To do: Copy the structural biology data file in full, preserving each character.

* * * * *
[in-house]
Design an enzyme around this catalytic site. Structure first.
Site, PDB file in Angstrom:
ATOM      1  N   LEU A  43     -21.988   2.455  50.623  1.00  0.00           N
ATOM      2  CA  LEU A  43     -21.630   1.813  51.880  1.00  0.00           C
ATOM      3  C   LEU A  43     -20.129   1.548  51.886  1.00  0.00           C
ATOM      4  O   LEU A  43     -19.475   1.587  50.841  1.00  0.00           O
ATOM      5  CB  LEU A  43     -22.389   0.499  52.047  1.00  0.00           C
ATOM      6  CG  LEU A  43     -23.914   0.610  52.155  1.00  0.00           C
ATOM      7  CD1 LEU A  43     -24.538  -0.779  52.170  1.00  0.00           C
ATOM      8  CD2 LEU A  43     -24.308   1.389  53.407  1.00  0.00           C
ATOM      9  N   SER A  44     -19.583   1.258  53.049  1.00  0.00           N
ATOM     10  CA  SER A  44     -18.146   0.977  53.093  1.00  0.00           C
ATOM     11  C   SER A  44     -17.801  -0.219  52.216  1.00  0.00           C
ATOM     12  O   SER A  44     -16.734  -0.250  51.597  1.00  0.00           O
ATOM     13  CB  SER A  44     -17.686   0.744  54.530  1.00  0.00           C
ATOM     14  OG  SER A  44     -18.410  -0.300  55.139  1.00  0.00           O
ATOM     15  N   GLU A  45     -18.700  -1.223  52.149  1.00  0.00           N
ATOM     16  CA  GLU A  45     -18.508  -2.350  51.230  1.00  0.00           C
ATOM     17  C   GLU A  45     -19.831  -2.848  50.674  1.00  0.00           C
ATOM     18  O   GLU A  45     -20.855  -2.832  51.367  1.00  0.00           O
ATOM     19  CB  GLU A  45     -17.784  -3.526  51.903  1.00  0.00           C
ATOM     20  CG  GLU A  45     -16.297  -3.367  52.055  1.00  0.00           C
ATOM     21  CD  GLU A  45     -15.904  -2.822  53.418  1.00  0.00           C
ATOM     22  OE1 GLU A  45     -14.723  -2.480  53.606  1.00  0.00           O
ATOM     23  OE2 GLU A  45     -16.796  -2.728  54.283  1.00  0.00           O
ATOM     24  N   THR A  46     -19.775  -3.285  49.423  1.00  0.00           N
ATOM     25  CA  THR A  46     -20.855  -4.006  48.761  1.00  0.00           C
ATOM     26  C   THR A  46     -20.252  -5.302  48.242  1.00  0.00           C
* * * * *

[in-house]
Design an enzyme around this catalytic site. Structure first.
Site, PDB file in Angstrom:
ATOM      1  N   LEU A  43     -21.988   2.455  50.623  1.00  0.00           N
ATOM      2  CA  LEU A  43     -21.630   1.813  51.880  1.00  0.00           C
ATOM      3  C   LEU A  43     -20.129   1.548  51.886  1.00  0.00           C
ATOM      4  O   LEU A  43     -19.475   1.587  50.841  1.00  0.00           O
ATOM      5  CB  LEU A  43     -22.389   0.499  52.047  1.00  0.00           C
ATOM      6  CG  LEU A  43     -23.914   0.610  52.155  1.00  0.00           C
ATOM      7  CD1 LEU A  43     -24.538  -0.779  52.170  1.00  0.00           C
ATOM      8  CD2 LEU A  43     -24.308   1.389  53.407  1.00  0.00           C
ATOM      9  N   SER A  44     -19.583   1.258  53.049  1.00  0.00           N
ATOM     10  CA  SER A  44     -18.146   0.977  53.093  1.00  0.00           C
ATOM     11  C   SER A  44     -17.801  -0.219  52.216  1.00  0.00           C
ATOM     12  O   SER A  44     -16.734  -0.250  51.597  1.00  0.00           O
ATOM     13  CB  SER A  44     -17.686   0.744  54.530  1.00  0.00           C
ATOM     14  OG  SER A  44     -18.410  -0.300  55.139  1.00  0.00           O
ATOM     15  N   GLU A  45     -18.700  -1.223  52.149  1.00  0.00           N
ATOM     16  CA  GLU A  45     -18.508  -2.350  51.230  1.00  0.00           C
ATOM     17  C   GLU A  45     -19.831  -2.848  50.674  1.00  0.00           C
ATOM     18  O   GLU A  45     -20.855  -2.832  51.367  1.00  0.00           O
ATOM     19  CB  GLU A  45     -17.784  -3.526  51.903  1.00  0.00           C
ATOM     20  CG  GLU A  45     -16.297  -3.367  52.055  1.00  0.00           C
ATOM     21  CD  GLU A  45     -15.904  -2.822  53.418  1.00  0.00           C
ATOM     22  OE1 GLU A  45     -14.723  -2.480  53.606  1.00  0.00           O
ATOM     23  OE2 GLU A  45     -16.796  -2.728  54.283  1.00  0.00           O
ATOM     24  N   THR A  46     -19.775  -3.285  49.423  1.00  0.00           N
ATOM     25  CA  THR A  46     -20.855  -4.006  48.761  1.00  0.00           C
ATOM     26  C   THR A  46     -20.252  -5.302  48.242  1.00  0.00           C